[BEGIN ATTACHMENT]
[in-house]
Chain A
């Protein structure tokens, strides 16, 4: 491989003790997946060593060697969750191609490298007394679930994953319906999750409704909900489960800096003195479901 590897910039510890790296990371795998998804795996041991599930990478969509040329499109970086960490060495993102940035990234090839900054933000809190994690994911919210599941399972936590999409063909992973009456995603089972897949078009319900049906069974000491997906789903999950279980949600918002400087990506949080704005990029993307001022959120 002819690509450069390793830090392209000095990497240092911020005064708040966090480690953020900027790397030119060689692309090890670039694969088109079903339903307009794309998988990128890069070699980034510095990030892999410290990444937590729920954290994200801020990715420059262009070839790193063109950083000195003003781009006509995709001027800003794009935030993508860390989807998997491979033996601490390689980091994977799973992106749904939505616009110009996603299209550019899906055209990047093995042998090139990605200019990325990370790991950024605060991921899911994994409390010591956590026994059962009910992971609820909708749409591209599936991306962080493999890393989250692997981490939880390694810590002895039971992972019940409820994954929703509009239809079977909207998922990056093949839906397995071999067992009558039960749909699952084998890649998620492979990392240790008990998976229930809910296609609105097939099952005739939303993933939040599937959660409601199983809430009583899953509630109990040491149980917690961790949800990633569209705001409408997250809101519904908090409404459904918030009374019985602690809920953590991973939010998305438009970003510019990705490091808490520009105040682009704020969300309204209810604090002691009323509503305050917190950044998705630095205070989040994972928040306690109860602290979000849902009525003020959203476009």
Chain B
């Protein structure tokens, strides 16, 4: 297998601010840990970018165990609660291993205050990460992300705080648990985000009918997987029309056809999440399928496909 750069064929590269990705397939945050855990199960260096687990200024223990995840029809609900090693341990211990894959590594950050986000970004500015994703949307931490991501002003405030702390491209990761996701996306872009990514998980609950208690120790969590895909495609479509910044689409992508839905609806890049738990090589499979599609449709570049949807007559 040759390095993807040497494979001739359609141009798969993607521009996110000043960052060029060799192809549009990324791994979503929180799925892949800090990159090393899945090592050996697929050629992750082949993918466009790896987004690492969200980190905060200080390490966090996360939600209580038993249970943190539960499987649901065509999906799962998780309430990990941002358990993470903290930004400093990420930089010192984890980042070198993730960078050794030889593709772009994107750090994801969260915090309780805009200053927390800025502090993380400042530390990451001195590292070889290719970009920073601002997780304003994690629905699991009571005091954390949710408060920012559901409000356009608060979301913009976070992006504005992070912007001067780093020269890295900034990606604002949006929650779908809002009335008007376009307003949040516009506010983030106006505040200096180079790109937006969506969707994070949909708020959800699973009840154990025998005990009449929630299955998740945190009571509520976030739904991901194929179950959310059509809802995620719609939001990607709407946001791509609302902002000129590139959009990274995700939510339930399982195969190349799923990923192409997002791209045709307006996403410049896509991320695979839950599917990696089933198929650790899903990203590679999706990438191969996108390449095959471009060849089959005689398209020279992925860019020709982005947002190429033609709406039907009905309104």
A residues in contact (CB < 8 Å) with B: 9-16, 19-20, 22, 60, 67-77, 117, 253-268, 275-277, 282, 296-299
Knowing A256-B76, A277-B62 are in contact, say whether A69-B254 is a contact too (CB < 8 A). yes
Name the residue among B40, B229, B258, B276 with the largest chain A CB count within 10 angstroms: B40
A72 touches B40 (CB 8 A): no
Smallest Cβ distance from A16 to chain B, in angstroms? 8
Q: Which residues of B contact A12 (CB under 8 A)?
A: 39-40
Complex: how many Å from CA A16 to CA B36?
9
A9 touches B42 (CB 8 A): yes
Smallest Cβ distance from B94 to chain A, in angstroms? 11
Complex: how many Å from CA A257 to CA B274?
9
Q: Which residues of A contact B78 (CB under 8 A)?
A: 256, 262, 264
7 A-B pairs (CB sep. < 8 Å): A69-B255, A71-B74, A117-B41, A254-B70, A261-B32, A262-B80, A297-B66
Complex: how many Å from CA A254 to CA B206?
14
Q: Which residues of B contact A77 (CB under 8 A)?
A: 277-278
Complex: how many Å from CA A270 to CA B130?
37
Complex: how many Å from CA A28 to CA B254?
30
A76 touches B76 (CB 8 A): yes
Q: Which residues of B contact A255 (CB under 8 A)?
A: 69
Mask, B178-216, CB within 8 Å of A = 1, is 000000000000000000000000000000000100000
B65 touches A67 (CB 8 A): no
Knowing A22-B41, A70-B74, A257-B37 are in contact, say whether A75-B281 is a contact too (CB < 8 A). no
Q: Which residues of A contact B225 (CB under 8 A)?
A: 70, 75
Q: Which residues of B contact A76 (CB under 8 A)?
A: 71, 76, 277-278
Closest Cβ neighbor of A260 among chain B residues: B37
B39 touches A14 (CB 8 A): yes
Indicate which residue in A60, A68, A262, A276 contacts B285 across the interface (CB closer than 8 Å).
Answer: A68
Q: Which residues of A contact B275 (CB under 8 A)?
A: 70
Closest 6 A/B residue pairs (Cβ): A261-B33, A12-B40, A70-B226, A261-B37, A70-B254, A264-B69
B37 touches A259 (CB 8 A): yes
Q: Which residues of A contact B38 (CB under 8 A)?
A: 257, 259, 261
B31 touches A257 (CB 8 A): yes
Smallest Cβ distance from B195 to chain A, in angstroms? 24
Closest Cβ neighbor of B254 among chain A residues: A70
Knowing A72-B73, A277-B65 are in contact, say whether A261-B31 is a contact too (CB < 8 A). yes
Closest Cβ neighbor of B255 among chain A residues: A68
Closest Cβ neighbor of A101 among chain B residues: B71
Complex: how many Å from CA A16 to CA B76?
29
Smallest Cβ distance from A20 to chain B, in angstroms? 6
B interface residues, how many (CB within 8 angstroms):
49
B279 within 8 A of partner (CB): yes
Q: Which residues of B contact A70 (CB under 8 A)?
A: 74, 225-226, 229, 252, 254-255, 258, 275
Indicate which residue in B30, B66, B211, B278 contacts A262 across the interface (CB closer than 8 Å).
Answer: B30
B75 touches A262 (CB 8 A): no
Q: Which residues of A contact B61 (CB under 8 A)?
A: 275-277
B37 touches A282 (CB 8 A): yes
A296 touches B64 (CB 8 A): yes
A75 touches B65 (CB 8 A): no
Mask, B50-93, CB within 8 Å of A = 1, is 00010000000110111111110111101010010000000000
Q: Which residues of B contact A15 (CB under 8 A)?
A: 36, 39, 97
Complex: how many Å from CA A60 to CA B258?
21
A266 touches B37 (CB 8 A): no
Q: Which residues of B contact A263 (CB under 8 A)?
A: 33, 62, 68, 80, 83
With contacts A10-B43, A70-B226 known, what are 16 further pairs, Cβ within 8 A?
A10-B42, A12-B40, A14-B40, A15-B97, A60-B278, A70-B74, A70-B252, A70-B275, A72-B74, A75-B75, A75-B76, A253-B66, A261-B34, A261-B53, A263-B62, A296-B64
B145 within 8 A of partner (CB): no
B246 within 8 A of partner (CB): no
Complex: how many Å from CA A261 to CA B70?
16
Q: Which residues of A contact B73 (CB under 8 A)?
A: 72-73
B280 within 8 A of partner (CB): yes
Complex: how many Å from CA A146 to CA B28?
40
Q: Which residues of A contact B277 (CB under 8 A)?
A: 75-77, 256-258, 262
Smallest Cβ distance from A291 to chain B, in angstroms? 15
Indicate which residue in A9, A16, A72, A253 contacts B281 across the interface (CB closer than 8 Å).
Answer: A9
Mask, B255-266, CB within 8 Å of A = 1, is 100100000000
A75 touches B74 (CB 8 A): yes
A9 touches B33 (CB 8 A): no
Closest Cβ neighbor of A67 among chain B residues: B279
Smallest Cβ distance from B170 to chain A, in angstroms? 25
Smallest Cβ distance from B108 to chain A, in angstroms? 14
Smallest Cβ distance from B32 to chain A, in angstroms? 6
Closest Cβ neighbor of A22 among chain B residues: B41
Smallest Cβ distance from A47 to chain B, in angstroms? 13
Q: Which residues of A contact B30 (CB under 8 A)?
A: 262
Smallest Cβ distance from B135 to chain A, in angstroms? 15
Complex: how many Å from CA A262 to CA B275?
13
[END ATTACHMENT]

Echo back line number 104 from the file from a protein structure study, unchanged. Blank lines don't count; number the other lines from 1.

Smallest Cβ distance from A47 to chain B, in angstroms? 13